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You don't need a diagram to reach level 3 band 2. If the question on how tradable pollution permits reduces market failure the diagram for perfectly inelastic curve is not explaining how it solves market failure just how it operates.
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djrp97
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#507
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Bearing in mind economics, who is everyone going to vote for and why? Or who would you vote for if you could?
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djrp97
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I've not been taught anything about 'TP' nor have I seen it in textbooks.
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katiexmc
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(Original post by djrp97)
I've not been taught anything about 'TP' nor have I seen it in textbooks.
TP is tradeable pollution permits abbreviated i think...
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_Fergo
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(Original post by keynes24)
You don't need a diagram to reach level 3 band 2. If the question on how tradable pollution permits reduces market failure the diagram for perfectly inelastic curve is not explaining how it solves market failure just how it operates.
I think you misread my comment. The diagram on how it operates is required (well, not required, but certainly helpful) to access Band 1 (not band 2). For band 2, a separate diagram COULD be used to explain how it reduces market failure (ie internalising externalities, reducing overproduction and making the market more allocatively efficient).


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Yousf
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#511
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(Original post by *Stefan*)
Do not confuse the two DIFFERENT diagrams (which is what we have been explaining).

For the TP diagram (the one with the perfectly inelastic curve) you do NOT have to shift the supply curve. (Refer to pages 71-72 of the book for an explanation).

For the regular market diagram, you should shift the supply curve to the left (no need for it to be inelastic).

These are two different diagrams on different things. You need the first diagram to reach L3 Band 1, whilst the second one would be used to access L3 Band 2 (by explaining that allocative efficiency has been achieved etc).

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Thanks!!!
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keynes24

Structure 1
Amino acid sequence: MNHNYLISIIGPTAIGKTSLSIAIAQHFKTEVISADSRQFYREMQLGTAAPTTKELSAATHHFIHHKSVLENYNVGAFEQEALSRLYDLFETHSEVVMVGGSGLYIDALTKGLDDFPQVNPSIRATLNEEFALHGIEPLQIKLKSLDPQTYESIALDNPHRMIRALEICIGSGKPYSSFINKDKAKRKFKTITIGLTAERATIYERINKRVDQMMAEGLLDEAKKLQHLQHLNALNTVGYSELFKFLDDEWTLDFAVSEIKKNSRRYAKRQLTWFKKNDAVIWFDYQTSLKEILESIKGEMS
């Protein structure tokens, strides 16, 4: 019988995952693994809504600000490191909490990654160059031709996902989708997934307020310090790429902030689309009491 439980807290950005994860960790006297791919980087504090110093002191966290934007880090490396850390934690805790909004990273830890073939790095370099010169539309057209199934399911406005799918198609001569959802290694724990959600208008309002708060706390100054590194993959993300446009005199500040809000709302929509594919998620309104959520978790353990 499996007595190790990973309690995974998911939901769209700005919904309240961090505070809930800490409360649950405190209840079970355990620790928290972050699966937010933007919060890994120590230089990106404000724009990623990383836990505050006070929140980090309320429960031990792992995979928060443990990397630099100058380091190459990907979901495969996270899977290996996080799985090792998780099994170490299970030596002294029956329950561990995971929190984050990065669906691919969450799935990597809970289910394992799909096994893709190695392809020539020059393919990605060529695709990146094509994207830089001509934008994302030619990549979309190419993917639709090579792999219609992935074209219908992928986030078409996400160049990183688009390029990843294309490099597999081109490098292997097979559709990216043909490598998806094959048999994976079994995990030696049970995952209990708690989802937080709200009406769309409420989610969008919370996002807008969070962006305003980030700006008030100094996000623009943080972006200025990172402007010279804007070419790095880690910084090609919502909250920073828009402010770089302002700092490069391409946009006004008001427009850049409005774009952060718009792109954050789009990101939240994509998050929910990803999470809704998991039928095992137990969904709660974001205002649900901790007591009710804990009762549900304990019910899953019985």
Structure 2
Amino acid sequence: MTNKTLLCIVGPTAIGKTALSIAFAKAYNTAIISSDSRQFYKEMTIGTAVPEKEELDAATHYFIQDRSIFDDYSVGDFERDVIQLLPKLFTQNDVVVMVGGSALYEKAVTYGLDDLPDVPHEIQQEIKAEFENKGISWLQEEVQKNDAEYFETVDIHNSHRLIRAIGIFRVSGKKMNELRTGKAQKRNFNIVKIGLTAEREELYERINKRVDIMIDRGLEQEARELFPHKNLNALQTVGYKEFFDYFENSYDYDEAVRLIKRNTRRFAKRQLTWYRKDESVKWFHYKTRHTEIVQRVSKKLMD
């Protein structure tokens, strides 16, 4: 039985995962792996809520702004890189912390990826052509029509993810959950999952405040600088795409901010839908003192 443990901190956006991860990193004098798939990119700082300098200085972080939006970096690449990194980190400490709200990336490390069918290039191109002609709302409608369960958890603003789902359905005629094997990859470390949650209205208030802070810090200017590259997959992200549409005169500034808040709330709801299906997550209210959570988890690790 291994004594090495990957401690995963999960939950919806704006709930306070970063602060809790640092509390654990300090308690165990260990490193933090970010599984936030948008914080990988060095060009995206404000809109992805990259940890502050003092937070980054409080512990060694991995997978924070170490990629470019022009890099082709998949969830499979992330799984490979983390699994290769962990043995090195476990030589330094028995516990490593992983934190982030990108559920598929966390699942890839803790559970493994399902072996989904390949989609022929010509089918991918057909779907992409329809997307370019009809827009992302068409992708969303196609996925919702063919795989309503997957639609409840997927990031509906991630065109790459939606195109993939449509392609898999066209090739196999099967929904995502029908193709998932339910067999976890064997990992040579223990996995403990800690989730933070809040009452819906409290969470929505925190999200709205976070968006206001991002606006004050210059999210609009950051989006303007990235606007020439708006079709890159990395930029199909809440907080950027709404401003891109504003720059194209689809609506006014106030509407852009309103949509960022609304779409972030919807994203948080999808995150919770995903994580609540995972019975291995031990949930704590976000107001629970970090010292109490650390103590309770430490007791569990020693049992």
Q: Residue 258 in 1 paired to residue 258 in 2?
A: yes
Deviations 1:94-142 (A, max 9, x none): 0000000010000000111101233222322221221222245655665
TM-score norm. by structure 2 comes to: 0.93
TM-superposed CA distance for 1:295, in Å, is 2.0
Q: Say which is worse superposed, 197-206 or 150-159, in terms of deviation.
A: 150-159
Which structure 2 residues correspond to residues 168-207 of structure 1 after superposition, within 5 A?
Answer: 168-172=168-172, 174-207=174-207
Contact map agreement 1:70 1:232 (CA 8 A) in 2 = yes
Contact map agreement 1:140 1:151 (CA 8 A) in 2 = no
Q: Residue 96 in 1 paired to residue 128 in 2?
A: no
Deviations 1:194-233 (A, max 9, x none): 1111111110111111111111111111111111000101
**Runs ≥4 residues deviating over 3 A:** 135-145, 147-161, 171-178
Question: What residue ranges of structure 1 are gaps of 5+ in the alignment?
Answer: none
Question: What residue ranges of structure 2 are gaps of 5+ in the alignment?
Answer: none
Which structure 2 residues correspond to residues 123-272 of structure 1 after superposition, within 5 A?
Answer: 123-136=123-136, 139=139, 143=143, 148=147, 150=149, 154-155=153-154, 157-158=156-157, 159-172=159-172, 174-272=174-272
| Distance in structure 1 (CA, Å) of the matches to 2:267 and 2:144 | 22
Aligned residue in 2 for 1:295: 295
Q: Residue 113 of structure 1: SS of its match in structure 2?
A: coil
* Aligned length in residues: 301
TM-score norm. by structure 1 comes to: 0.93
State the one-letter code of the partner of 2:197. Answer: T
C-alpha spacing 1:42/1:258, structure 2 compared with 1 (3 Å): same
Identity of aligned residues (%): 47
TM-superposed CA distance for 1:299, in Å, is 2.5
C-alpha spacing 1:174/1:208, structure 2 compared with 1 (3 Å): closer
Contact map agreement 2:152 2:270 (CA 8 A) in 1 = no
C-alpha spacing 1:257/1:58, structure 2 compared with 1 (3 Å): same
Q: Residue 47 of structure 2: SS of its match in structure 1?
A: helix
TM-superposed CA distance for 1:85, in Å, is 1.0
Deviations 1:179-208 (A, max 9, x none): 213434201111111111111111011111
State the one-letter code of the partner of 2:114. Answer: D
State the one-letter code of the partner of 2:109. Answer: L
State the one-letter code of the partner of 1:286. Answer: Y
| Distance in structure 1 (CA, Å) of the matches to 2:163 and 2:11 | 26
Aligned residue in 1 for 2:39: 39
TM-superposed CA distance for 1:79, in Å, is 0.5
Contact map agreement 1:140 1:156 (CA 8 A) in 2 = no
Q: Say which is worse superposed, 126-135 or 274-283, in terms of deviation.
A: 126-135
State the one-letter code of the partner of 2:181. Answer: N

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(Original post by *Stefan*)
I think you misread my comment. The diagram on how it operates is required (well, not required, but certainly helpful) to access Band 1 (not band 2). For band 2, a separate diagram COULD be used to explain how it reduces market failure (ie internalising externalities, reducing overproduction and making the market more allocatively efficient).


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I understood the comment, you said "would" and I said it is not needed.
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_Fergo
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(Original post by keynes24)
I understood the comment, you said "would" and I said it is not needed.
I used "would" because I assumed he wanted to use a diagram -thus I changed it to "could" second time round, when it was generic.

But no matter -we're basically saying the same thing here...

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keynes24
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#514
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(Original post by *Stefan*)
I used "would" because I assumed he wanted to use a diagram -thus I changed it to "could" second time round, when it was generic.

But no matter -we're basically saying the same thing here...

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I must apologize, don't try to sound pedantic. I think the perfectly inelastic supply diagram was creating a lot of confusion. My advice is to keep it simple, I have seen many candidates unable to reach L4 by making their analysis more complicated than it should be (e.g. negative/positive externality diagram or variations)